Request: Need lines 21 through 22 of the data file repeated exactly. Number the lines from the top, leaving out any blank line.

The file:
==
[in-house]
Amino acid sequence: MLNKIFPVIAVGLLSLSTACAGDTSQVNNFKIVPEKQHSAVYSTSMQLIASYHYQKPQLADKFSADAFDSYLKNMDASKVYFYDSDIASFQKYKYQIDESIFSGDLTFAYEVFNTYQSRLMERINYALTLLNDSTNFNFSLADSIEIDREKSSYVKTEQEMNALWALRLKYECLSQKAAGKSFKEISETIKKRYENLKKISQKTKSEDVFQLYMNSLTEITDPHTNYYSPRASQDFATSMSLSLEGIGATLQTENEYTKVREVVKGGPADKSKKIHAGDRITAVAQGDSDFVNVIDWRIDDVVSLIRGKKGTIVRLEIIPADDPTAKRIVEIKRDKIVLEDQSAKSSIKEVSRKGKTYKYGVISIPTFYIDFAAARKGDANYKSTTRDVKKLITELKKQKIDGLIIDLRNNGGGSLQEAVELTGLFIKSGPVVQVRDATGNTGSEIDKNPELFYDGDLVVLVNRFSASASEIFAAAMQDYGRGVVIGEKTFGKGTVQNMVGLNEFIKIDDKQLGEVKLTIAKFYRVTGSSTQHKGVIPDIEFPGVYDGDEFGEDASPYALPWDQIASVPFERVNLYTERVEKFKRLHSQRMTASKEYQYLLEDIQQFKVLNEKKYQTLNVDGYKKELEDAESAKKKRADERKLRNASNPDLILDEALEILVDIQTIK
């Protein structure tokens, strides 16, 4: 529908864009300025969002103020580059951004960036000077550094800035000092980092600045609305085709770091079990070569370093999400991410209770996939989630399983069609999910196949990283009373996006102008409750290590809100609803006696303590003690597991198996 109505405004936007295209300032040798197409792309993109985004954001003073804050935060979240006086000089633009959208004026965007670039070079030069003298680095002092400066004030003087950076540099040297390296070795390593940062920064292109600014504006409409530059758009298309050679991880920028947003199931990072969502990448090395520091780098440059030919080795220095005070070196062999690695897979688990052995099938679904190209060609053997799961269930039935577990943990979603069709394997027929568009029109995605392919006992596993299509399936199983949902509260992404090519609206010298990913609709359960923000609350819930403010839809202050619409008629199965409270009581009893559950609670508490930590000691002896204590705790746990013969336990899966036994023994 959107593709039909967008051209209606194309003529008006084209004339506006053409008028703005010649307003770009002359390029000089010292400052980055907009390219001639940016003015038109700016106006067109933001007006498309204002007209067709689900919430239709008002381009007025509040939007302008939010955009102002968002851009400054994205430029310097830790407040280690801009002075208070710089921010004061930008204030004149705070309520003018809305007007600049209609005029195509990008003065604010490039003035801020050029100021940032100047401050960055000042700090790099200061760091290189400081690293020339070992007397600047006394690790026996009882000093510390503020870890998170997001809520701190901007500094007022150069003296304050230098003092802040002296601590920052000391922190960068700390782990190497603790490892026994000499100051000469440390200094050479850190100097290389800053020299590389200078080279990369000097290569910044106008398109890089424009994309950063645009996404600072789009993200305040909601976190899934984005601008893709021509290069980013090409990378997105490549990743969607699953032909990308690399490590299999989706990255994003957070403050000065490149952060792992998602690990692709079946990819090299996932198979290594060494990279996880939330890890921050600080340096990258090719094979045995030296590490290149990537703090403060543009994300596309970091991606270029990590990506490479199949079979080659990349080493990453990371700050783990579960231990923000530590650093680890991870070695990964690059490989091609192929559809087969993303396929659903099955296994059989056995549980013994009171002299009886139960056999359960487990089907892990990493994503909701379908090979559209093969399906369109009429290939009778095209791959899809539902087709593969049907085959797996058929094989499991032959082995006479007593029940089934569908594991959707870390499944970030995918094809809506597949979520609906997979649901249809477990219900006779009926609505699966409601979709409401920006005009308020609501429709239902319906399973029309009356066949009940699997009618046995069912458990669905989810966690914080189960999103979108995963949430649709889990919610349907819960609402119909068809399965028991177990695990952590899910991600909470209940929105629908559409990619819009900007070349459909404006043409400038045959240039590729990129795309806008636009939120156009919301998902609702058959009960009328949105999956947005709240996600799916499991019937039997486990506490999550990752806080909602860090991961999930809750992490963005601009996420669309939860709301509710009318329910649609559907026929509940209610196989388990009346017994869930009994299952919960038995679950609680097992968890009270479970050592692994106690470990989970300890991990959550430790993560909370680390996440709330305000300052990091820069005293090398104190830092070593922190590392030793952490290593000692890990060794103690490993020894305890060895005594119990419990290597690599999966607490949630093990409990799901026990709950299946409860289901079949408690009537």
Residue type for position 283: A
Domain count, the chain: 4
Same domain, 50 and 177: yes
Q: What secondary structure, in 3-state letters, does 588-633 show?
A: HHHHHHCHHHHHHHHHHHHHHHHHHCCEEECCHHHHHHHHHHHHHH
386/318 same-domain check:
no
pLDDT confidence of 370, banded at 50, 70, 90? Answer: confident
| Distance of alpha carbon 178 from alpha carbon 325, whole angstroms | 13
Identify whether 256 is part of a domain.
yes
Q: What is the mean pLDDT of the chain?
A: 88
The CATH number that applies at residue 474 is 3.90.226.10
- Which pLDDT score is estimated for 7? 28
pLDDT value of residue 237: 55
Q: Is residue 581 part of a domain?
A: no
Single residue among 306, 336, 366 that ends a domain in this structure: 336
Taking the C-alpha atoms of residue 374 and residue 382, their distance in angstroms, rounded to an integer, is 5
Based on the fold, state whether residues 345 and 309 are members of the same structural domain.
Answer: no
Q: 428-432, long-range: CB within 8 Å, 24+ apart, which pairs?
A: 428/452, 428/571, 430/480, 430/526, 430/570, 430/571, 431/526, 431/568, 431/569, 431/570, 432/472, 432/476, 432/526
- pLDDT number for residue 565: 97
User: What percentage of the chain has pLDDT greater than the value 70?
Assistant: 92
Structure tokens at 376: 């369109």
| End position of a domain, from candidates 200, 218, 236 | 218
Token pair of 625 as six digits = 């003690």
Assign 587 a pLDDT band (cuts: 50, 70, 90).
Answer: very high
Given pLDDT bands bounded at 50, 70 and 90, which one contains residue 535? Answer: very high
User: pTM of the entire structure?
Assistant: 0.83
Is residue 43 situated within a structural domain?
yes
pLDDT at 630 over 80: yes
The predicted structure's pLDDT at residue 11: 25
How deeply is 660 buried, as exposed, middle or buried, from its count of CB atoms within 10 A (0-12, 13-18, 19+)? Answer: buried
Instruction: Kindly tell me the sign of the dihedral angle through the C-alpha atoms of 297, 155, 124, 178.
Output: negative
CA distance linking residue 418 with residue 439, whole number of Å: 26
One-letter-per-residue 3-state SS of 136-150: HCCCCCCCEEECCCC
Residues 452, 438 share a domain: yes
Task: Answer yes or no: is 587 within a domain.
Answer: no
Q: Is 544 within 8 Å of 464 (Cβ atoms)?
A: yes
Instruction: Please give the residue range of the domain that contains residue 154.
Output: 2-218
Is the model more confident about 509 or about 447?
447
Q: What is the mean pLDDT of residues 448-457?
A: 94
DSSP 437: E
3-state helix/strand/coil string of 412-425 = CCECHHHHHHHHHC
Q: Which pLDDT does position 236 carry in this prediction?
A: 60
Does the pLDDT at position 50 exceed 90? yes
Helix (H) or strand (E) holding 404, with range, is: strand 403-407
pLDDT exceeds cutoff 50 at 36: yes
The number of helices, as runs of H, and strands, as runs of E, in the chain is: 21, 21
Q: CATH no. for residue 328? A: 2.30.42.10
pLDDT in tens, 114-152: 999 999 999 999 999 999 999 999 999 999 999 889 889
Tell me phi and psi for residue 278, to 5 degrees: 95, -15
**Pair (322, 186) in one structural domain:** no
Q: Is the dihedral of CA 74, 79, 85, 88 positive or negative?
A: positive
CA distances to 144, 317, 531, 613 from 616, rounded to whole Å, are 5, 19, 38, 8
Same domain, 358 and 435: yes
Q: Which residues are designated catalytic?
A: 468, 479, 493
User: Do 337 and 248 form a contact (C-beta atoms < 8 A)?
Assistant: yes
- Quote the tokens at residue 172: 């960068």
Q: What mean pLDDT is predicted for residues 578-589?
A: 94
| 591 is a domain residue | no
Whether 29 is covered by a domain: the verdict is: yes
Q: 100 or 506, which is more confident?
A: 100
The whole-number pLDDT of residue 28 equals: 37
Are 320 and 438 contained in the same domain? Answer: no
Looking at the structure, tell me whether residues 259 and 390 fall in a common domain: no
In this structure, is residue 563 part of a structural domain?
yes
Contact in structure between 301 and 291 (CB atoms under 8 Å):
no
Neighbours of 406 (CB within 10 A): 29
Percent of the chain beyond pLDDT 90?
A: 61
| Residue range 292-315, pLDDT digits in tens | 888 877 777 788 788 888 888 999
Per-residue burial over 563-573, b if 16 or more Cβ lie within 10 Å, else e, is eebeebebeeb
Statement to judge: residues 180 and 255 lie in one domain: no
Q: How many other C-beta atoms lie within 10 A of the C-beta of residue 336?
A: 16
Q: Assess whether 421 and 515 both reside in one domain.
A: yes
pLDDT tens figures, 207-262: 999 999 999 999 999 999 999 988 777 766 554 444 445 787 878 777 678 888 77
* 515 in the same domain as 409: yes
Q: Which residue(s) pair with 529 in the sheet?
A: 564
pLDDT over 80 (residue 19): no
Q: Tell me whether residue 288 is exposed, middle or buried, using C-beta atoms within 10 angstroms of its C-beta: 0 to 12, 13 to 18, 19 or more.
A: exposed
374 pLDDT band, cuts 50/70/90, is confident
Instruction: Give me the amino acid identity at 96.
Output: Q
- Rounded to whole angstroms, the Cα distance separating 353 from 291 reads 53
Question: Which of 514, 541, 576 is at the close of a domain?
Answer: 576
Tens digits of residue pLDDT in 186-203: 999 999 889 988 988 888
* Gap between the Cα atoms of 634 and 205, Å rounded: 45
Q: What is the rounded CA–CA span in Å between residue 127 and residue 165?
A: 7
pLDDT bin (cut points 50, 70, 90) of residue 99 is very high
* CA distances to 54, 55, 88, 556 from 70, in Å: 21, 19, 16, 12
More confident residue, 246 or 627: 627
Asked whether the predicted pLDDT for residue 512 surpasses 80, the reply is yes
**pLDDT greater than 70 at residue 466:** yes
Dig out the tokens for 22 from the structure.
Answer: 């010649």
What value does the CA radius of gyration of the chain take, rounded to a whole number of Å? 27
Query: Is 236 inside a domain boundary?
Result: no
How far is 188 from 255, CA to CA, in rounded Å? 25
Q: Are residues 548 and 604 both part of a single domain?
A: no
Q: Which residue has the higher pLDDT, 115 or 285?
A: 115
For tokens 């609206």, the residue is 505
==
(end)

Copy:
A: no
Single residue among 306, 336, 366 that ends a domain in this structure: 336